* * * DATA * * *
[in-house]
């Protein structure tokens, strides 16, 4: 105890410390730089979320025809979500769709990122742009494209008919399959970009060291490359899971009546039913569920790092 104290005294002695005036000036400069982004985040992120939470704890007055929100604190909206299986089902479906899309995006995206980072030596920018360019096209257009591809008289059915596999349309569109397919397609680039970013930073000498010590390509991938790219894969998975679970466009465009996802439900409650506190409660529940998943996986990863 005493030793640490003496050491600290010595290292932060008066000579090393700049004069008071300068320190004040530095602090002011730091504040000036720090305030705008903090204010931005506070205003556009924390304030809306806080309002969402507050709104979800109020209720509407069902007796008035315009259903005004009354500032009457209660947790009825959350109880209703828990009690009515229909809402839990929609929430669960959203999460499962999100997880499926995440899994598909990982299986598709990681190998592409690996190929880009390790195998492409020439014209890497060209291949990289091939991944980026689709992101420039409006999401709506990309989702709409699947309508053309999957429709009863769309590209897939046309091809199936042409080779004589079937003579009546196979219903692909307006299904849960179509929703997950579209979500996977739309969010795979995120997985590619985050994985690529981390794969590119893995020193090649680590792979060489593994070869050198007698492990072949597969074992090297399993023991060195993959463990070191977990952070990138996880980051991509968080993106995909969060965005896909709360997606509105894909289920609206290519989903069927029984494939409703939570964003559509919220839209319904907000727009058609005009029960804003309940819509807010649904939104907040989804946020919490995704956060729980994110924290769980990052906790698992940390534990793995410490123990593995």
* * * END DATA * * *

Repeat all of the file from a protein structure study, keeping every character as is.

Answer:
[in-house]
């Protein structure tokens, strides 16, 4: 105890410390730089979320025809979500769709990122742009494209008919399959970009060291490359899971009546039913569920790092 104290005294002695005036000036400069982004985040992120939470704890007055929100604190909206299986089902479906899309995006995206980072030596920018360019096209257009591809008289059915596999349309569109397919397609680039970013930073000498010590390509991938790219894969998975679970466009465009996802439900409650506190409660529940998943996986990863 005493030793640490003496050491600290010595290292932060008066000579090393700049004069008071300068320190004040530095602090002011730091504040000036720090305030705008903090204010931005506070205003556009924390304030809306806080309002969402507050709104979800109020209720509407069902007796008035315009259903005004009354500032009457209660947790009825959350109880209703828990009690009515229909809402839990929609929430669960959203999460499962999100997880499926995440899994598909990982299986598709990681190998592409690996190929880009390790195998492409020439014209890497060209291949990289091939991944980026689709992101420039409006999401709506990309989702709409699947309508053309999957429709009863769309590209897939046309091809199936042409080779004589079937003579009546196979219903692909307006299904849960179509929703997950579209979500996977739309969010795979995120997985590619985050994985690529981390794969590119893995020193090649680590792979060489593994070869050198007698492990072949597969074992090297399993023991060195993959463990070191977990952070990138996880980051991509968080993106995909969060965005896909709360997606509105894909289920609206290519989903069927029984494939409703939570964003559509919220839209319904907000727009058609005009029960804003309940819509807010649904939104907040989804946020919490995704956060729980994110924290769980990052906790698992940390534990793995410490123990593995």